Abu Dhabi, UAEWednesday 24 April 2019

VAT q&a: can a landlord ever be too late to charge VAT?

The reader will have nothing to lose by paying the invoice if he is VAT registered

Business owners who are invoiced by landlords for VAT on office space rent can reclaim it when they file their returns. Getty
Business owners who are invoiced by landlords for VAT on office space rent can reclaim it when they file their returns. Getty

My Dubai free zone has recently sent me an invoice relating to VAT on office rental from November 2017 to the end of October 2018. I have previously paid the rent in 4 cheques and then suddenly this additional charge appears. I would like to know if they are entitled to charge me the VAT now and, as the invoice is so late, am I able to reclaim the VAT? EOM, Dubai

I have been asked this question several times in the last few weeks so it appears that this free zone authority is only now realising that the office rental invoices should have had VAT added from 1st January 2018. Any rent for the period before the 1st January is not subject to VAT and should be excluded from their calculation.

The relevant legislation in this case is called the Transitional Rules. They were put in place to cover the period just after the introduction of VAT, but we are still using them almost a year after VAT came into play. The relevant clauses can be found in Article 80 of the Decree Law and Article 70 of the Executive Regulations. It says that where contracts were concluded prior to the introduction of VAT on January 1, 2018 and where the original contract made no mention of VAT or Tax, then the consideration received shall be inclusive of VAT regardless of whether it had been taken into accounting when determining the consideration for the supply, which in your case is the rental charge.

We then need to look at whether the free zone is entitled to charge you VAT retroactively. This is covered under Article 70, points 6, 7 and 8 of the Executive Regulations. These clauses say that if the recipient is VAT-registered and entitled to recover the VAT then the amount previously invoiced should be treated as exclusive of VAT, so in short, the free zone must add VAT to the amount previously invoiced.

However, the law goes on to say that the supplier should have requested confirmation from you before the 1st January 2018 whether you were VAT registered and able to recover the VAT. They have clearly not done this. Following the exact letter of the law they are now not entitled to recover the VAT from you.

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Keep in mind, though, that if you are VAT registered, able to recover this VAT and wish to maintain a good relationship with the free zone landlord, then I would suggest you consider paying the VAT. You can still recover it despite receiving the invoice for VAT on the rent many months after you received the invoice for the rent itself. The fact that the invoice is being raised and sent to you now does not preclude you from being able to net the VAT off on your next VAT return. This is covered in Article 55 of the Decree Law which refers to the date you receive the invoice, rather than the date shown on the invoice. If you fail to include it in your next VAT return you can still claim it in the following return.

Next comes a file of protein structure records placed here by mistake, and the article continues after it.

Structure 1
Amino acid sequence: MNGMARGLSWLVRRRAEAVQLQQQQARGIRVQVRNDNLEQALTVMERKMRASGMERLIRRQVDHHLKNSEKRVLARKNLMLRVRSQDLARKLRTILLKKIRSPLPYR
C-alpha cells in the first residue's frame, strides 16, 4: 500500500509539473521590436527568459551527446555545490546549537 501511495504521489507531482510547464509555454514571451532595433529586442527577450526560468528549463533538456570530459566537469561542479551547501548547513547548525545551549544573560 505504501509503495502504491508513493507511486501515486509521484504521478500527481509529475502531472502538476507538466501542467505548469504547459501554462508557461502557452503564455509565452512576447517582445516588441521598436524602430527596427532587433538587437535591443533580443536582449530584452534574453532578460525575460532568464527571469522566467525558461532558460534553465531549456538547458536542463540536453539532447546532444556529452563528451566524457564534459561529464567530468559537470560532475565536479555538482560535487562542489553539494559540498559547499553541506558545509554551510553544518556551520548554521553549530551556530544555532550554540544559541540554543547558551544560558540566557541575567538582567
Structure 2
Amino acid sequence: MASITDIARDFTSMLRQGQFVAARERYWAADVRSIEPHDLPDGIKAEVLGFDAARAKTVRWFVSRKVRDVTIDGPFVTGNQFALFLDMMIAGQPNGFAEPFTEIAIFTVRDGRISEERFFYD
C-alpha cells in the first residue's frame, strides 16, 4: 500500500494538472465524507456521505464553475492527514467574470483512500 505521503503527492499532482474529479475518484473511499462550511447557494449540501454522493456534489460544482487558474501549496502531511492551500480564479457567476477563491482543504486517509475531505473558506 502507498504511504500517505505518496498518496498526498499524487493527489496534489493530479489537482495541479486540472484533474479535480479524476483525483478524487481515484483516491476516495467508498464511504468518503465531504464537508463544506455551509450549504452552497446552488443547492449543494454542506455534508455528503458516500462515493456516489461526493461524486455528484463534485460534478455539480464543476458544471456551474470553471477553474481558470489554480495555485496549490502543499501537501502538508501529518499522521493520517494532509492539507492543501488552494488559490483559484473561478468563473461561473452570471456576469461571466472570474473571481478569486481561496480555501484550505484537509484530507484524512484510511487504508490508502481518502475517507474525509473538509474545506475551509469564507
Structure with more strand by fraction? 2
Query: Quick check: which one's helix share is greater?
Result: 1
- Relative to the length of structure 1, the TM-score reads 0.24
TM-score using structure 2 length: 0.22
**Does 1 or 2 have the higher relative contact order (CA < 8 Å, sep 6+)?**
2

I am about to file my VAT return for the period September 1, 2018 to November 30, 2018. For previous quarters, I took the number exactly from my accounting system’s VAT reports and entered them into the FTA portal. When I try to do this for my current return I am getting an error message that says “Alert: the VAT amount is not equal to 5 per cent of the taxable amount. Please make sure this is correct before submitting”. Why am I seeing this and what do I need to do to file my return? SC, Abu Dhabi

This error message is new to the FTA portal and most people will encounter it when they try to file their next tax return. A check has recently been built into the FTA portal so that the tax amount must equal exactly 5 per cent of the total taxable amount. In all accounting systems tax is calculated to the nearest fil (which is 2 decimal places) on each line of all taxable invoices. So when the taxable amount and VAT amount are summed for an invoice with the rounding on each line, there may be a small rounding difference. When this rounding occurs over several invoices you will almost certainly find that the amount showing as VAT payable in your accounting system for a quarter is not the same as taking the total taxable sales and calculating 5 per cent. The difference is typically fils rather than dirhams.

These small differences, which are a result of the way VAT is calculated rather than an error, are now no longer allowed. I would enter the taxable amount exactly as it is in your accounting system, then calculate 5 per cent of this total and enter that in the portal. You are likely to find there is a very small fils difference between the VAT liability in your accounting system and what you must enter in the FTA portal. You will then need to adjust or write off the difference in the VTA liability in your accounting system so that your VAT payments match your VAT liability.

Lisa Martin, a chartered accountant with more than 20 years commercial finance experience, is the founder of accounting, auditing and VAT consultancy, The Counting House. Email any VAT queries to pf@thenational.ae

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Updated: December 17, 2018 06:57 PM

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